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More men wary of interacting with women

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#MeToo movement puts male workers on guard

By Kim Jae-heun

An increasing number of male workers are becoming wary of interacting with their female counterparts, out of concerns that they may be implicated in possible sexual misconduct allegations.

Some even choose to go to the extreme by shunning all contact with women amid the escalating #MeToo movement. They organize company get-togethers only among men and do not go on business trips with female colleagues, among others.

"I've become cautious about speaking to women at work these days," a 46-year old businessman, only identified by his surname, Kim said. "Anything I say can be taken as sexual harassment, depending on how women interpret it. It doesn't mean that I've been making sexual jokes. I am just discouraged from talking to women face-to-face, in case, I make a slip of the tongue when I talk to them."

A 31-year old office worker Jeon Jae-ho recently requested his boss not to send him on a business trip with women colleagues. Jeon did not want to get involved in any type of misleading situation.

"During a business trip, you will have to work with your partner all day long. You never know what can happen and I want to prevent any possible scenario beforehand. Nowadays, I only communicate with my women colleagues online, it's safer that way," Jeon said.

An increasing number of men showing extra vigilance around women at work have created a "Mike Pence Rule" situation in Korea.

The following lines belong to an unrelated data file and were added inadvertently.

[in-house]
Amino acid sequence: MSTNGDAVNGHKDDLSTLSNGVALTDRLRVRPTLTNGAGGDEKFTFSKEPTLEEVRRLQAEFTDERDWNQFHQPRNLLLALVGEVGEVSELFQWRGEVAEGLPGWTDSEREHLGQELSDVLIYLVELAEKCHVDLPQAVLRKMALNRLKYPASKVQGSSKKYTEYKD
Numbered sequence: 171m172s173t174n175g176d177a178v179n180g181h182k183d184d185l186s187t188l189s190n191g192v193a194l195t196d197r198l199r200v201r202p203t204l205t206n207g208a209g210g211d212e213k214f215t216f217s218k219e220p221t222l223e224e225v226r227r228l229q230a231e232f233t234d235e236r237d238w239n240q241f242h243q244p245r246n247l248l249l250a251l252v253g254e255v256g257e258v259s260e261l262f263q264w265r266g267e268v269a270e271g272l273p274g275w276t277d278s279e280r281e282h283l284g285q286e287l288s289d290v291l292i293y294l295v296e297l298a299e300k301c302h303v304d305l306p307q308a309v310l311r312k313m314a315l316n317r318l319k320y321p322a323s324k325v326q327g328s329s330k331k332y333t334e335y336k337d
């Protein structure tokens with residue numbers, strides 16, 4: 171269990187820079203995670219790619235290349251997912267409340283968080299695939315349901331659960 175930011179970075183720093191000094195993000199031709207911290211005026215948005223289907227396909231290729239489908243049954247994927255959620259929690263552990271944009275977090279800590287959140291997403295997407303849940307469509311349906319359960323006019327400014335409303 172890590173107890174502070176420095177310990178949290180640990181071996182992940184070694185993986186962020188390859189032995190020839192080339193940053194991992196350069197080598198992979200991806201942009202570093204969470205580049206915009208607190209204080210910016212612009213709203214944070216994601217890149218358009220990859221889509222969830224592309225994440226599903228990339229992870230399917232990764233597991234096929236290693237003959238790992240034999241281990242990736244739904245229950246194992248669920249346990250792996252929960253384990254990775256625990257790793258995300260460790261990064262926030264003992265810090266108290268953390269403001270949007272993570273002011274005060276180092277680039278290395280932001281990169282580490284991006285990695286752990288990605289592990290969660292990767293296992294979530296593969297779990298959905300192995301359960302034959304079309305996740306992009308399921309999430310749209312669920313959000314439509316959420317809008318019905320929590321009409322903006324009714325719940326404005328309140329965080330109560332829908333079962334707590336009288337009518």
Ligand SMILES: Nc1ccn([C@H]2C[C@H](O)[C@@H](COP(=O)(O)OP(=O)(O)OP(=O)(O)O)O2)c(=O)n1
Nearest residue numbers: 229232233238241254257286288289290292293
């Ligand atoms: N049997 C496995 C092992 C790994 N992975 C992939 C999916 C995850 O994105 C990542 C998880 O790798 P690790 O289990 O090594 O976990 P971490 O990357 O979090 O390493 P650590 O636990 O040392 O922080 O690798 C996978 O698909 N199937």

In an interview with the American political newspaper "The Hill" in 2002, U.S. Vice President Mike Pence talked about his life principle of not having dinner with a woman one-on-one except his wife. Pence said he cuts off personal exchanges or meeting with women to prevent any possible trouble or scandal.

A high ranking executive at a firm said he sent all female workers home after eating dinner with his team and afterward drank only with male colleagues.

"There is the big possibility of sexual misconduct to occur when people drink heavily at team gatherings. It just makes me feel safer if I send the women home early," the senior manager said.

However, many women are worried that this situation may lead to more sexual discrimination at work.

A 31-year-old female bank teller, Park Won-ji, said men avoiding interaction with women can cause deeper conflict, and at the same time influence her career.

"I feel like I've become a criminal in the office. I have done nothing wrong, but men are leaving me out of their gatherings and sometimes treat me as if I am invisible," Park said.

"Even my manager said he does not want to participate in team gatherings and gave me the company card to enjoy time without him. I can definitely sense managers and executives are trying to avoid any possible contact with female workers."

Experts warn the Mike Pence Rule is the wrong approach to the #MeToo movement in Korea.

"Trying to avoid the essence of the problem only deepens conflicts between men and women. Men have to discuss solutions to deal with sexual misconduct at work with women, and they must continue to communicate with each other," Prof. Go Kang-seop of the Department of Sociology at Kyung Hee University said.


Kim Jae-heun jhkim@koreatimes.co.kr


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